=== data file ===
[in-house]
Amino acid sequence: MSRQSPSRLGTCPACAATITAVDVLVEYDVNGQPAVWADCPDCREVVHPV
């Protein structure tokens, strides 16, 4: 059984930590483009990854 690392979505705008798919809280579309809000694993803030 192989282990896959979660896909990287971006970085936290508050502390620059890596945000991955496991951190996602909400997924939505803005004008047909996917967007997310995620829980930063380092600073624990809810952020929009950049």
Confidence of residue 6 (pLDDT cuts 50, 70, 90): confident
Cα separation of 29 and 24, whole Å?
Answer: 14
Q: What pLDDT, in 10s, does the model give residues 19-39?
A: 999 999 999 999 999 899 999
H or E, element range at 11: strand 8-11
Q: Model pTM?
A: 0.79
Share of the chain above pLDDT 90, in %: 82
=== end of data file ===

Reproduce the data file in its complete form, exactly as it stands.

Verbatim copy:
[in-house]
Amino acid sequence: MSRQSPSRLGTCPACAATITAVDVLVEYDVNGQPAVWADCPDCREVVHPV
């Protein structure tokens, strides 16, 4: 059984930590483009990854 690392979505705008798919809280579309809000694993803030 192989282990896959979660896909990287971006970085936290508050502390620059890596945000991955496991951190996602909400997924939505803005004008047909996917967007997310995620829980930063380092600073624990809810952020929009950049």
Confidence of residue 6 (pLDDT cuts 50, 70, 90): confident
Cα separation of 29 and 24, whole Å?
Answer: 14
Q: What pLDDT, in 10s, does the model give residues 19-39?
A: 999 999 999 999 999 899 999
H or E, element range at 11: strand 8-11
Q: Model pTM?
A: 0.79
Share of the chain above pLDDT 90, in %: 82